The appellants ultimately participated in an illicit enterprise involving drugs and money. Because of the voluminous evidence of their illegal activities, it would not be practical to relate in detail here each of the transactions. However, examples of the various schemes employed by the officers are helpful to an understanding of the enormity of their operations.
One such scheme involved Armando Fiallo, Sr. The appellants had received information that Fiallo kept a large amount of cash and drugs in his apartment. As a pretext to gain entry into the apartment, they obtained an arrest warrant for another person supposedly living with Fiallo. Thirty pounds of marijuana and $62,735.00 in cash were confiscated and placed in the police property room. Fiallo was killed a week later. Izaguirre formulated a plan to
procure the money still in the property room and to divide it with the others. A release authorized by Derringer listed Carlos Fernandez as Fiallo's next of kin and Fernandez picked up the money from the property room custodian. Neither Magda Fernandez, Carlos' wife, nor Armando Fiallo, Jr. was aware that Fernandez was related to Fiallo. The officers claimed that Fernandez arrived after they searched Fiallo's apartment and stated that he owned the money. Yet there was no record of such a claim by Fernandez. Izaguirre admitted that he knew Fernandez, who worked with Izaguirre's brother-in-law at an automobile dealership, but denied any part in the theft of the money.
In yet another instance, Escandar set up a device to duplicate paper currency by which he supposedly transferred the image of a twenty or a hundred dollar bill onto a bleached one dollar bill. Instead, Escandar simply switched the money furnished him for paper. One of Escandar's victims, Raul Pascaul and his associates returned to Escandar's home after they discovered the theft. Ojeda was called for help. He and Alonso stopped Pascaul and discovered a gun and cocaine. They arrested Pascaul and the others. Despite the cooperative efforts of these officers, Escandar said it was enough that he had taken $50,000.00 from Pascaul and suggested to Ojeda that he tell the prosecutor that they had made an illegal search of Pascaul and his arrested friends. The charges were later dropped.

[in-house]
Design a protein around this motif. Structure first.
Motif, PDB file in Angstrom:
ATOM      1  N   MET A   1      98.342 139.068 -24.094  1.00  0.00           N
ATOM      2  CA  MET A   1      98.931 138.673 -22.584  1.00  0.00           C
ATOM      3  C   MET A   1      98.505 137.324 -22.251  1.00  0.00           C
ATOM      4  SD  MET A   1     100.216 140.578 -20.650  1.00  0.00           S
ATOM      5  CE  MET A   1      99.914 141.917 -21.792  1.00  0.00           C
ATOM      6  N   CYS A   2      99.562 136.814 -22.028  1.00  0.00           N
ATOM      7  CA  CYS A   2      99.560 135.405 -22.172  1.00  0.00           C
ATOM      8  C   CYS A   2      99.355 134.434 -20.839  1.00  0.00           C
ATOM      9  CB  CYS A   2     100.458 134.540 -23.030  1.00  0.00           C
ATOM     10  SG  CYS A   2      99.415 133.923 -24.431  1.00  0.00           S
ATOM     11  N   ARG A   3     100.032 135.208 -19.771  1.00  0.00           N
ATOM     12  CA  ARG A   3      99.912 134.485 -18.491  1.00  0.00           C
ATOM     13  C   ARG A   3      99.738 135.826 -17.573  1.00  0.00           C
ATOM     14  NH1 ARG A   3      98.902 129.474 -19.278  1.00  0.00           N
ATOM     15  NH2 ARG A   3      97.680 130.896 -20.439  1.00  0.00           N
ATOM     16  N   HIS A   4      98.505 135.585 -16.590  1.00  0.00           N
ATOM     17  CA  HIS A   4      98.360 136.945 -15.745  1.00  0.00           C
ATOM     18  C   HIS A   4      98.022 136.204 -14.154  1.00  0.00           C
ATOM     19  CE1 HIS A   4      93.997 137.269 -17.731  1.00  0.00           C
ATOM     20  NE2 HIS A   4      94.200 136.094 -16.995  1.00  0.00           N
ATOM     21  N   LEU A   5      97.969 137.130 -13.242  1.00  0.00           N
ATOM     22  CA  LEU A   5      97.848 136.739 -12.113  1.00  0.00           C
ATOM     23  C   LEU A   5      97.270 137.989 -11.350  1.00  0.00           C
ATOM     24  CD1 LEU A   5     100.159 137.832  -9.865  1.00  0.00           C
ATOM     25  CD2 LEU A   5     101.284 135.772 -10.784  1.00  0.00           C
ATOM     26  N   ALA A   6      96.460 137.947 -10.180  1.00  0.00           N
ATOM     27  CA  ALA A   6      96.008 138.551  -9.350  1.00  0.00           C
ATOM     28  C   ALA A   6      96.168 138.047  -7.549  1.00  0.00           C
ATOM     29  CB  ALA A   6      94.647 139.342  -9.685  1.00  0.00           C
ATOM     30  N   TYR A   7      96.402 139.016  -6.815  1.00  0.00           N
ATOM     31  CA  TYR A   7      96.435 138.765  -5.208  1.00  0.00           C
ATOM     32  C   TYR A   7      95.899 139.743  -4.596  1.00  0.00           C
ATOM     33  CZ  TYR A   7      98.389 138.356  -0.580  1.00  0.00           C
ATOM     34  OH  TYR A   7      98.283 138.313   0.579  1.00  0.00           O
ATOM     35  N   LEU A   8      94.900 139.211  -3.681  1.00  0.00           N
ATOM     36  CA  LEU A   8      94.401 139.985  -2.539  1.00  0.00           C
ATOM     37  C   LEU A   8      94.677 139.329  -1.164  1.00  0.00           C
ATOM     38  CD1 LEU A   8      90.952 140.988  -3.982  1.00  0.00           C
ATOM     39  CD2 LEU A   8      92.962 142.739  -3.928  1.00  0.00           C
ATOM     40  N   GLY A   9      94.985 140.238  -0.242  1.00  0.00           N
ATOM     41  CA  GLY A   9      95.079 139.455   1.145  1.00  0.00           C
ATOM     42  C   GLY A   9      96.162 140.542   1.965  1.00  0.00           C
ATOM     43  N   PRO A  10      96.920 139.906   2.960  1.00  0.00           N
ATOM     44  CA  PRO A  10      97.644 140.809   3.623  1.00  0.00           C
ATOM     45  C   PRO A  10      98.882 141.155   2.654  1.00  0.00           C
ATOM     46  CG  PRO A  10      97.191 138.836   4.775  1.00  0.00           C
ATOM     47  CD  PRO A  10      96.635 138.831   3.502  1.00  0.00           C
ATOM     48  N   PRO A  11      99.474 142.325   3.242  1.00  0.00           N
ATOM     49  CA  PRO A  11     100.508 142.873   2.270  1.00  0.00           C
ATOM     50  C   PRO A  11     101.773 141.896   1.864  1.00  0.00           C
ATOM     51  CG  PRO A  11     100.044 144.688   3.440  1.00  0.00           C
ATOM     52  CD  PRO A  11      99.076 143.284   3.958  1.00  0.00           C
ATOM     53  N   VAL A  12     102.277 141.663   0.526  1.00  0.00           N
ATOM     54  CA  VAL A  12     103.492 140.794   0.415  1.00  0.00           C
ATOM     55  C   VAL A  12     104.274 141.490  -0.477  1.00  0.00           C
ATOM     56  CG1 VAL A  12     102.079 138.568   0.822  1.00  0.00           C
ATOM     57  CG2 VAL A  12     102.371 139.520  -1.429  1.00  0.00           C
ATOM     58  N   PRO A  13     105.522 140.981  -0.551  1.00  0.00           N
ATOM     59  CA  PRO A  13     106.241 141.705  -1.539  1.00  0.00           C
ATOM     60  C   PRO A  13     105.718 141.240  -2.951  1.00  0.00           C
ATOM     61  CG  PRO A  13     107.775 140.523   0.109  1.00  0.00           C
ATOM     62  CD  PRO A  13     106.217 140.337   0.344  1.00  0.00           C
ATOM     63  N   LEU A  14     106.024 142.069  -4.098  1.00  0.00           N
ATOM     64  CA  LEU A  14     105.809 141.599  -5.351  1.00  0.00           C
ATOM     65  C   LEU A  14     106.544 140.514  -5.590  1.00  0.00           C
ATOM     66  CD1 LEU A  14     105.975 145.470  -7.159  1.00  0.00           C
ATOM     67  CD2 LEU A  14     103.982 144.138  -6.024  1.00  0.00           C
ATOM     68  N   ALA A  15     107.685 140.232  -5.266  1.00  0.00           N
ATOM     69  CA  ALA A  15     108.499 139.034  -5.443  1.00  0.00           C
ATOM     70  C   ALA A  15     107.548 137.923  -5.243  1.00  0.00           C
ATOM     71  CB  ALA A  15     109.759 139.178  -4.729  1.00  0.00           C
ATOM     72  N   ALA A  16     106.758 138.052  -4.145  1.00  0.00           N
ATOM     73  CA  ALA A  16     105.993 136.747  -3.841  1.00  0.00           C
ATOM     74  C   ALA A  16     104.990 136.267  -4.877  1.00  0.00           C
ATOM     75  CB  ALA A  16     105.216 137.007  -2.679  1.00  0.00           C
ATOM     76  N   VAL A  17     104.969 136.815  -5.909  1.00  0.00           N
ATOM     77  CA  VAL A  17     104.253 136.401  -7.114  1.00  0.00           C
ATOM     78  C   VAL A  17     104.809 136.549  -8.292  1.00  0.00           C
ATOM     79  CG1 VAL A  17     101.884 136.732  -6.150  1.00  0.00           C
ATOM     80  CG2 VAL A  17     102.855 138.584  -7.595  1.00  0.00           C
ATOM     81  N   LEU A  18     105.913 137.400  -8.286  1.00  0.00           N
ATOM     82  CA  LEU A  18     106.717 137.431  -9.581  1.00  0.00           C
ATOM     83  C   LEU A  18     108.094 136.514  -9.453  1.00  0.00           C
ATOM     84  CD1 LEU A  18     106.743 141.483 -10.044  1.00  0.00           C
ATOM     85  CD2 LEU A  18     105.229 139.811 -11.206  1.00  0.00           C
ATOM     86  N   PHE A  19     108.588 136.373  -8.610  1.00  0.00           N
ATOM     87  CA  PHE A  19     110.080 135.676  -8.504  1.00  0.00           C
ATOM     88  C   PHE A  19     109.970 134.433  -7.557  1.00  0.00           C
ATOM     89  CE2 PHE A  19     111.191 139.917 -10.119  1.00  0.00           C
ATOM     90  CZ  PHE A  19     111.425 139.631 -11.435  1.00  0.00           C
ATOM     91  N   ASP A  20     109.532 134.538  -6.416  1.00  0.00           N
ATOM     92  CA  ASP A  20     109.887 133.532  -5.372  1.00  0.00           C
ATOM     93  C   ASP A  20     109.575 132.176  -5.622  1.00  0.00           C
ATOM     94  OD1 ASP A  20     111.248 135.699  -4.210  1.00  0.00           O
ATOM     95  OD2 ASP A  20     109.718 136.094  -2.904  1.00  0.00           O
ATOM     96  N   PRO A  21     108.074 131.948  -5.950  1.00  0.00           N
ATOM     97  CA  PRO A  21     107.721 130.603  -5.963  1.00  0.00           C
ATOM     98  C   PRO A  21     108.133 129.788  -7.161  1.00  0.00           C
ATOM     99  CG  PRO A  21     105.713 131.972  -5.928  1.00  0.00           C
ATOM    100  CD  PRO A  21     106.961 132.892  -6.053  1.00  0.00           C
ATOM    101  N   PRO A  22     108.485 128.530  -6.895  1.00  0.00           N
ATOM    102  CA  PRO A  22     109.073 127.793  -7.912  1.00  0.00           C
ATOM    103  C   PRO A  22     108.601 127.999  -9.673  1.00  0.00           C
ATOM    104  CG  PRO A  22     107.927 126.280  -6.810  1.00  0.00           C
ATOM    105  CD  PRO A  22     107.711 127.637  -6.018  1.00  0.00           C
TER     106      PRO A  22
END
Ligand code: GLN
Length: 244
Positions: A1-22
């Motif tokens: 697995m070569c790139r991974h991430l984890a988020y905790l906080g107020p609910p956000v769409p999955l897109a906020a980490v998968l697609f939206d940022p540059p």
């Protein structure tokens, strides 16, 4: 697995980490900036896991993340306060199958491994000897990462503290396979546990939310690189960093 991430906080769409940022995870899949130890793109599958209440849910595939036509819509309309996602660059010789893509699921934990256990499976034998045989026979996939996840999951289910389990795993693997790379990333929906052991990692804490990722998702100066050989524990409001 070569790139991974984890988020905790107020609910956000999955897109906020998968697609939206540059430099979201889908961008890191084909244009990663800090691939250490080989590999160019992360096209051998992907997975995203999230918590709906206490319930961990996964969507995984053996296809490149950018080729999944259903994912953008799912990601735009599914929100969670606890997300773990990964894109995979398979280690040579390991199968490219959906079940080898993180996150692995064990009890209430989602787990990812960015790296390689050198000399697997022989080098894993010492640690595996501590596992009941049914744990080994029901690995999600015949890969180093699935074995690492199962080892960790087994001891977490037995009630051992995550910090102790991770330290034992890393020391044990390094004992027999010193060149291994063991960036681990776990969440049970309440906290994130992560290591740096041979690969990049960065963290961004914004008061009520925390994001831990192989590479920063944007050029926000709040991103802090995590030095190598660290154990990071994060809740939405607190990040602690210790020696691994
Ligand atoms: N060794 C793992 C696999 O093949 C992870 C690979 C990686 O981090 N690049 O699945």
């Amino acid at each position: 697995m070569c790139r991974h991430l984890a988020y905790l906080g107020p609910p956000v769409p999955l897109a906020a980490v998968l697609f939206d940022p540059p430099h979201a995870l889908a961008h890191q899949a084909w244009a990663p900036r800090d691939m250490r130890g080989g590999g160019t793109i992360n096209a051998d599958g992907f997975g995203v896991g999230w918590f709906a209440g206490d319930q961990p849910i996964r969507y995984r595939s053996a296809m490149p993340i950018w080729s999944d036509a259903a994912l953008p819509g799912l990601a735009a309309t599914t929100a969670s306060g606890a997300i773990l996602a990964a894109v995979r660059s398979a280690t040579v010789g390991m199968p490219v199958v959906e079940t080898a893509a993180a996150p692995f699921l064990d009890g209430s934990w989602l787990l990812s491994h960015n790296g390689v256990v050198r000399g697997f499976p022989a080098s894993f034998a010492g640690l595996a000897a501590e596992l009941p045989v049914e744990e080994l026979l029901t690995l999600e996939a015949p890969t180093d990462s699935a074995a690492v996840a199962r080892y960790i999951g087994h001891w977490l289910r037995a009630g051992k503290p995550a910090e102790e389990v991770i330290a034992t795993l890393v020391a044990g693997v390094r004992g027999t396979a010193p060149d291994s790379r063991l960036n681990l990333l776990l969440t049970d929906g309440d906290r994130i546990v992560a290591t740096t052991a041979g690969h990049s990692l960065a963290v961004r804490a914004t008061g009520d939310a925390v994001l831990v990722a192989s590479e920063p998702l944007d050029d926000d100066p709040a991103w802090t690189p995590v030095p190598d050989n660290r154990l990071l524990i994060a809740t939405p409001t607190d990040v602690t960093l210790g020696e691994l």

In October, 1978, Stacy Needles was killed while attempting to purchase 800 pounds of marijuana. The defendants found a large amount of cash in the trunk of Needles' car. Izaguirre deposited $33,700.00 in the property room. To retrieve the money, Izaguirre signed a release for attorney Roy Rodriguez, who purportedly was representing Yordy Hernandez, the supposed mastermind behind the marijuana purchase. Hernandez and Arvilla Needles, Stacy Needles' mother, however testified that they did not know Rodriguez. Hernandez said he never was represented by Rodriguez and had not received any money. Mrs. Needles had retained another attorney to procure her son's property.